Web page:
(r) - under the cables, into the wind


After William Cooke and Charles Wheatstone had introduced their working telegraph in 1839, the idea of a submarine line across the Atlantic Ocean began to be thought of as a possible triumph of the future. Samuel Morse proclaimed his faith in it as early as 1840, and in 1842, he submerged a wire, insulated with tarred hemp and India rubber , [4] [5] in the water of New York Harbor , and telegraphed through it. The following autumn, Wheatstone performed a similar experiment in Swansea Bay . A good insulator to cover the wire and prevent the electric current from leaking into the water was necessary for the success of a long submarine line. India rubber had been tried by Moritz von Jacobi , the Prussian electrical engineer , as far back as the early 19th century.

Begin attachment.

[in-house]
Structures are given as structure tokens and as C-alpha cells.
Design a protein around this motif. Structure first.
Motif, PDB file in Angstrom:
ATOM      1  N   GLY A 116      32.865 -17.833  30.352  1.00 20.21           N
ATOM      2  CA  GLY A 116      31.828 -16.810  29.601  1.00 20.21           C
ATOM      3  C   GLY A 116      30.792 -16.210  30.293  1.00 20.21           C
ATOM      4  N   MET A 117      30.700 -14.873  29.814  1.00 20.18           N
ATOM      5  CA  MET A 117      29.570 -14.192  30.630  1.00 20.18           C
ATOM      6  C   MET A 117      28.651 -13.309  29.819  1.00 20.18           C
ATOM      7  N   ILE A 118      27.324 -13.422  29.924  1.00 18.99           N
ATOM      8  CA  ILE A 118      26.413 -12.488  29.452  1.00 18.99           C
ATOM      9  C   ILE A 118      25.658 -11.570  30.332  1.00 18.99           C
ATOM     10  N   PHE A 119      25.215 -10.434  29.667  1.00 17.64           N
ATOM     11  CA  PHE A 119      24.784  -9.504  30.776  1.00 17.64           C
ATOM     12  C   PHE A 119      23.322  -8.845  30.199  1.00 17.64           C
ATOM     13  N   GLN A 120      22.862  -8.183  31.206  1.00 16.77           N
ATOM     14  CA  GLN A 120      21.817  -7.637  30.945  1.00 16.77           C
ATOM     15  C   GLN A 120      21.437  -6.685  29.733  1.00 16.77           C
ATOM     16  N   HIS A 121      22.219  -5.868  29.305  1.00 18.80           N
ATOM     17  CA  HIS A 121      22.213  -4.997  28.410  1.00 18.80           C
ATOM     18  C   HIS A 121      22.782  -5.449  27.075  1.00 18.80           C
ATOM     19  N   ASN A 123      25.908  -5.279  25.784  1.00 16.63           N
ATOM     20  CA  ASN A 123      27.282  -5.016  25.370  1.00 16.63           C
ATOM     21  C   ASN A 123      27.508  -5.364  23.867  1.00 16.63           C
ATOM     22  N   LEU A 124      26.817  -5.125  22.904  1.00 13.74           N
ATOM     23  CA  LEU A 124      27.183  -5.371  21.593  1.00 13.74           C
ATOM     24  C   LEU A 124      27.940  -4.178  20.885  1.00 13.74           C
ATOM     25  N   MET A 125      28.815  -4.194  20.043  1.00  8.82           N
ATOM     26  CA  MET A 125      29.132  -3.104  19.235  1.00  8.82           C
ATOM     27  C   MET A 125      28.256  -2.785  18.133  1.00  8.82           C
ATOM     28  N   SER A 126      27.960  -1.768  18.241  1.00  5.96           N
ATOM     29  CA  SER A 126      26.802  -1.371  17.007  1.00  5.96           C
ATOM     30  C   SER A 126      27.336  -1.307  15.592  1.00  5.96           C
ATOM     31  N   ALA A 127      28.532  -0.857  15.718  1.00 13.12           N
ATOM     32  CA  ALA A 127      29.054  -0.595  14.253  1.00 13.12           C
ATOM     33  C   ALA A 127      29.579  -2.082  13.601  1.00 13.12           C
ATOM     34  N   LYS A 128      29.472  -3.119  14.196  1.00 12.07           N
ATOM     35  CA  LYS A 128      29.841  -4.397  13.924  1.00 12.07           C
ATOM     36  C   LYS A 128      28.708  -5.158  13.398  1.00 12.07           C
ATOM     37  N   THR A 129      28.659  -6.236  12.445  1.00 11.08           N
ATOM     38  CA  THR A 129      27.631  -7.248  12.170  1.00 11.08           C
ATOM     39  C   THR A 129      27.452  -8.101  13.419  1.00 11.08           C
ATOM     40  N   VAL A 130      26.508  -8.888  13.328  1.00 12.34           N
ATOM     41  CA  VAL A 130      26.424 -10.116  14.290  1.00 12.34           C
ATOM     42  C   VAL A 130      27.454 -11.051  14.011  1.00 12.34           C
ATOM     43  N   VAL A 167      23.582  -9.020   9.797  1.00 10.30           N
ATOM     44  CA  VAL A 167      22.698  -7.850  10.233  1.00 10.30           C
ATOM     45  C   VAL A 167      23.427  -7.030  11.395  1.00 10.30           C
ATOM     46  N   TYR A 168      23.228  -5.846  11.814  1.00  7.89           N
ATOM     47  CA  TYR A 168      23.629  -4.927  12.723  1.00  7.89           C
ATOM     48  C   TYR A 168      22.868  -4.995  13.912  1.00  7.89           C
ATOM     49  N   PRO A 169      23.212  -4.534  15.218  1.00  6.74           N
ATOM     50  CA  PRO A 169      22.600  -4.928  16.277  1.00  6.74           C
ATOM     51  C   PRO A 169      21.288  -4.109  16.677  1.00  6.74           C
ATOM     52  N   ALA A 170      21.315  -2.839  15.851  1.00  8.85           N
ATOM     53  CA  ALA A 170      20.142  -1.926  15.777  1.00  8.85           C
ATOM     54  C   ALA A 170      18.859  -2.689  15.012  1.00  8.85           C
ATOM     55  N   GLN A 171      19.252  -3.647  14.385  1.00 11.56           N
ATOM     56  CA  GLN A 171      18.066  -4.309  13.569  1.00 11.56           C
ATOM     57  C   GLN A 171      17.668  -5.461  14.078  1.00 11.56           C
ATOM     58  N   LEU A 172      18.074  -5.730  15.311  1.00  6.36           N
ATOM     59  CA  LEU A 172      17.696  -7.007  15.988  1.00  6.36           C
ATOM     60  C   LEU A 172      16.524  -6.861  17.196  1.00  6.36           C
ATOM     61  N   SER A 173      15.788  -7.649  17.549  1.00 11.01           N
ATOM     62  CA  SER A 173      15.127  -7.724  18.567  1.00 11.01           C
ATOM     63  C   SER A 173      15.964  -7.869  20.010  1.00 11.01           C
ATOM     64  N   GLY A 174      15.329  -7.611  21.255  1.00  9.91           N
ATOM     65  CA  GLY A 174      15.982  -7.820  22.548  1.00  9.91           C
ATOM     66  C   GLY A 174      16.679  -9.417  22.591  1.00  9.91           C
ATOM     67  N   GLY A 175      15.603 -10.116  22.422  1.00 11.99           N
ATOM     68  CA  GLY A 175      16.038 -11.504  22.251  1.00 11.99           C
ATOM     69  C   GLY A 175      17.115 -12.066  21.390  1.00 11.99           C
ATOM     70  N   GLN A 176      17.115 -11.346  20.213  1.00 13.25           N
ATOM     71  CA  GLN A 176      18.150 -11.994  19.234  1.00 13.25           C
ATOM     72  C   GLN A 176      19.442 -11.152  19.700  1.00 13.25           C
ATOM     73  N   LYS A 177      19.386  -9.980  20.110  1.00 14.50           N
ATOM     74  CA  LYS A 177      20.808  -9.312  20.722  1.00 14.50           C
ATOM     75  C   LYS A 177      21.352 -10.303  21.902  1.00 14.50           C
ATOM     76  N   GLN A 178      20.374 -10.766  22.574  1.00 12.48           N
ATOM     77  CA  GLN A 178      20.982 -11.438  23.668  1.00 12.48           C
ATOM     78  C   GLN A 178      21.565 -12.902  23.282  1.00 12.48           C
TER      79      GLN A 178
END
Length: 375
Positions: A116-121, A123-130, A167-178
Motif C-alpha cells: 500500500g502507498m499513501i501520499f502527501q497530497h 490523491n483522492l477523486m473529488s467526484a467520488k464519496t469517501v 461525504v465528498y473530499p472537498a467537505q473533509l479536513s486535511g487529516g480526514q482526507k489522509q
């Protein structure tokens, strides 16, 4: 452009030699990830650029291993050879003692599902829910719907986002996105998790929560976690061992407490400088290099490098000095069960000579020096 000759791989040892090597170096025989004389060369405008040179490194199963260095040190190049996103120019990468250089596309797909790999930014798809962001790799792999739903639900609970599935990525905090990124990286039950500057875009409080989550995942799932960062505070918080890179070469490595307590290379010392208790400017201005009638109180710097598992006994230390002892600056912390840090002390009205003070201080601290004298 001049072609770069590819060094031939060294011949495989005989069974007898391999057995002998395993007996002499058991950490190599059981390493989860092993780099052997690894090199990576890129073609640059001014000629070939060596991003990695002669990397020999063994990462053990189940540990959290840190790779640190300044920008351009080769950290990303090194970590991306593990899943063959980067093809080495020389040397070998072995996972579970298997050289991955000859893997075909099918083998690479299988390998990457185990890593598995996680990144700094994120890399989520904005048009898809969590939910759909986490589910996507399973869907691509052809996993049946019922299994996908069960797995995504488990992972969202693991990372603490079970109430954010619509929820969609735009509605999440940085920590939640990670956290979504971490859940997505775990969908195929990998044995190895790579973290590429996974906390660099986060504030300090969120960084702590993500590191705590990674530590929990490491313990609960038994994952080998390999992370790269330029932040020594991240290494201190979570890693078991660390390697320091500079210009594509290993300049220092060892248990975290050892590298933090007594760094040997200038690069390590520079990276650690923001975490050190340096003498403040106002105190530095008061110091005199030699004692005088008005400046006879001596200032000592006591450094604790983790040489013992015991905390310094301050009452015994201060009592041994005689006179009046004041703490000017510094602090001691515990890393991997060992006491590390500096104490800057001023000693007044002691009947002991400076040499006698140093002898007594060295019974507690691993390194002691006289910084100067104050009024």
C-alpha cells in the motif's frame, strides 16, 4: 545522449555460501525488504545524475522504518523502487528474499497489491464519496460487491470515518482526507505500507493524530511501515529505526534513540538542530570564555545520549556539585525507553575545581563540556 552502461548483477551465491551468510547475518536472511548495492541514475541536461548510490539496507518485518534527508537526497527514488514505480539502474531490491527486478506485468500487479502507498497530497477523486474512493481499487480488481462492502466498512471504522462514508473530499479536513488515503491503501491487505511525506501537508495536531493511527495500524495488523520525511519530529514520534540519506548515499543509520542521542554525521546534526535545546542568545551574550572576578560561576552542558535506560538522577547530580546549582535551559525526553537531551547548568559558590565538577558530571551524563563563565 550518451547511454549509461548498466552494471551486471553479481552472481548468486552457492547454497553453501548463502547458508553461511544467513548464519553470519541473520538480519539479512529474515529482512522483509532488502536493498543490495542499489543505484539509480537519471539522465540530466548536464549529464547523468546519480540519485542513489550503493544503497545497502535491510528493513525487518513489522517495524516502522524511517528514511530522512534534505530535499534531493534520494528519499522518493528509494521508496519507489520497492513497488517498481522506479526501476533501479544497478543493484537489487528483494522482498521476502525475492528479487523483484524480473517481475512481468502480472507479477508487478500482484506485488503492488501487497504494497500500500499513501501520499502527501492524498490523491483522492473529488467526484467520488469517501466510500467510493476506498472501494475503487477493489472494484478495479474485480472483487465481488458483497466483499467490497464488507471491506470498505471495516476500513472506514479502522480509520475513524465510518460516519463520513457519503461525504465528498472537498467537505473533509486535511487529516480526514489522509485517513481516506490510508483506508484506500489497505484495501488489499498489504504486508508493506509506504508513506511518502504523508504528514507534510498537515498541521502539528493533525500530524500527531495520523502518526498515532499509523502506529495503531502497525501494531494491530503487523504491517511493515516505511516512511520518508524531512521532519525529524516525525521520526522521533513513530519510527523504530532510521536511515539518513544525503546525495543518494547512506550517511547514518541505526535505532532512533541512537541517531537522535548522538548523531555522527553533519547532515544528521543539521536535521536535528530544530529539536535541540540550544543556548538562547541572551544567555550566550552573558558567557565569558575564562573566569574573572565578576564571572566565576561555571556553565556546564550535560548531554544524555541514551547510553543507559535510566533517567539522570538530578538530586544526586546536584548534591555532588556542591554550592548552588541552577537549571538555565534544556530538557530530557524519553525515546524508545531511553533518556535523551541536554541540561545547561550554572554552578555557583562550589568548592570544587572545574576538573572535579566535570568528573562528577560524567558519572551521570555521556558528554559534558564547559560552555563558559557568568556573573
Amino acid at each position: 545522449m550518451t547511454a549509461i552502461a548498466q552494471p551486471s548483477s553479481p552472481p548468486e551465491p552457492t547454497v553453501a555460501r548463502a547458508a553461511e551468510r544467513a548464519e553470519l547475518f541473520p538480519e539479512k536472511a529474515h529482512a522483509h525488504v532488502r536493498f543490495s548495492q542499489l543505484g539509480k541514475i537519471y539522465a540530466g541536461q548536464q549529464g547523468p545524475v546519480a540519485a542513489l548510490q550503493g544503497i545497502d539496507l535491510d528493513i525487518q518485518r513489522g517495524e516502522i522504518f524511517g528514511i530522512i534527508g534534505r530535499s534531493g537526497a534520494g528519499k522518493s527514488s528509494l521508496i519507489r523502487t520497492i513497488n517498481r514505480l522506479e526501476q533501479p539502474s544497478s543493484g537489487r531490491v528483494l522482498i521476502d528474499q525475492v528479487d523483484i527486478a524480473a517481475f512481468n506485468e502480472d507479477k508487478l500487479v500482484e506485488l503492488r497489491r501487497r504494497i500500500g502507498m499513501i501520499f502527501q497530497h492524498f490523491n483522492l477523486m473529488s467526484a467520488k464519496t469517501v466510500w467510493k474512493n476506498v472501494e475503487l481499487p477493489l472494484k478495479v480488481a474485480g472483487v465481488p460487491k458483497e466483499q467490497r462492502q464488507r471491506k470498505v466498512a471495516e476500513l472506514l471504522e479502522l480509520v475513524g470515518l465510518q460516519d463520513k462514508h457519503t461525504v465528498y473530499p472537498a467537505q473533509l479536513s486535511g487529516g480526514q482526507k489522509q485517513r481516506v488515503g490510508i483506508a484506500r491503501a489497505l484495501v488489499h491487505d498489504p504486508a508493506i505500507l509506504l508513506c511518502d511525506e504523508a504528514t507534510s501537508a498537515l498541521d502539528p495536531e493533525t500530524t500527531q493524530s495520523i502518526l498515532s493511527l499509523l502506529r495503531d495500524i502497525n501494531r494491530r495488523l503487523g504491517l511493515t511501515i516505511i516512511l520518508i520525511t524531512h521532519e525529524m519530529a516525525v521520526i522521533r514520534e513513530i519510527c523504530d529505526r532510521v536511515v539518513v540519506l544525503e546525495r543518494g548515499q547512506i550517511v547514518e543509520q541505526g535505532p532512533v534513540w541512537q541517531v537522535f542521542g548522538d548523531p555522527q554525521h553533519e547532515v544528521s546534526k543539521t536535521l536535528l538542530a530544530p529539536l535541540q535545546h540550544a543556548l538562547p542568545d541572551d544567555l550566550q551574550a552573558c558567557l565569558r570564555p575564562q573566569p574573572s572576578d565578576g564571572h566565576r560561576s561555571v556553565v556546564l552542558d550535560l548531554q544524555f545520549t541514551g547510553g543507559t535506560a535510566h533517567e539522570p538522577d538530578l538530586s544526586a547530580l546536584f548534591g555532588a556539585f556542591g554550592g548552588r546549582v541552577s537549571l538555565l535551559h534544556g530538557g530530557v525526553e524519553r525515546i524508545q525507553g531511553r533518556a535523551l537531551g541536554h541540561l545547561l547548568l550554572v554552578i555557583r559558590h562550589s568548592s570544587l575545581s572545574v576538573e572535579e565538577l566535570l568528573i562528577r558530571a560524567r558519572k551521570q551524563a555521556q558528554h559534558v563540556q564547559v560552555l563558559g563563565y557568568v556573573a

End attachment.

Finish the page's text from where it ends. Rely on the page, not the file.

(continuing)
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(r) - Under The Cables, Into The Wind(r) - Under The Cables, Into The Wind(r) - Under The Cables, Into The Wind(r) - Under The Cables, Into The Wind

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